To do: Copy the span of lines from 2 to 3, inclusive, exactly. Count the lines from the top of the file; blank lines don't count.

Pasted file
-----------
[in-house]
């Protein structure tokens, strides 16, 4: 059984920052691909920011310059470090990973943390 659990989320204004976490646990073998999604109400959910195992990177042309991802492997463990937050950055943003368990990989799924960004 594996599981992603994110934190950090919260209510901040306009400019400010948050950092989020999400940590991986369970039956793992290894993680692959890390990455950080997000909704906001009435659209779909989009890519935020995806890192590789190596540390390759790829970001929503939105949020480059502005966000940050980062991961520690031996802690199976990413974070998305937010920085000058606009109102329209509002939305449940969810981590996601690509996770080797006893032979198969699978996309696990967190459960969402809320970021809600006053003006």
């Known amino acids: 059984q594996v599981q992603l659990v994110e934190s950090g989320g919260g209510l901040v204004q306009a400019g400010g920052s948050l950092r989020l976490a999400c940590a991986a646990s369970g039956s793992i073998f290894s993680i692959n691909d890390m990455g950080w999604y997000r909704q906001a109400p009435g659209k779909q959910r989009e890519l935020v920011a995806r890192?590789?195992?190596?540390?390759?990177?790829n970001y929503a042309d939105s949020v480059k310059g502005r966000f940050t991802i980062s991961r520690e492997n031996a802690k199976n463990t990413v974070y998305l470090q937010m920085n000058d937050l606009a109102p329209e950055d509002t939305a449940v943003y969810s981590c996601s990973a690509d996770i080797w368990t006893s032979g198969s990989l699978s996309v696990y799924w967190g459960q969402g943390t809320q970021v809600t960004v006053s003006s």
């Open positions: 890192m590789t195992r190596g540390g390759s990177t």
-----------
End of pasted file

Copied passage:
């Protein structure tokens, strides 16, 4: 059984920052691909920011310059470090990973943390 659990989320204004976490646990073998999604109400959910195992990177042309991802492997463990937050950055943003368990990989799924960004 594996599981992603994110934190950090919260209510901040306009400019400010948050950092989020999400940590991986369970039956793992290894993680692959890390990455950080997000909704906001009435659209779909989009890519935020995806890192590789190596540390390759790829970001929503939105949020480059502005966000940050980062991961520690031996802690199976990413974070998305937010920085000058606009109102329209509002939305449940969810981590996601690509996770080797006893032979198969699978996309696990967190459960969402809320970021809600006053003006």
């Known amino acids: 059984q594996v599981q992603l659990v994110e934190s950090g989320g919260g209510l901040v204004q306009a400019g400010g920052s948050l950092r989020l976490a999400c940590a991986a646990s369970g039956s793992i073998f290894s993680i692959n691909d890390m990455g950080w999604y997000r909704q906001a109400p009435g659209k779909q959910r989009e890519l935020v920011a995806r890192?590789?195992?190596?540390?390759?990177?790829n970001y929503a042309d939105s949020v480059k310059g502005r966000f940050t991802i980062s991961r520690e492997n031996a802690k199976n463990t990413v974070y998305l470090q937010m920085n000058d937050l606009a109102p329209e950055d509002t939305a449940v943003y969810s981590c996601s990973a690509d996770i080797w368990t006893s032979g198969s990989l699978s996309v696990y799924w967190g459960q969402g943390t809320q970021v809600t960004v006053s003006s």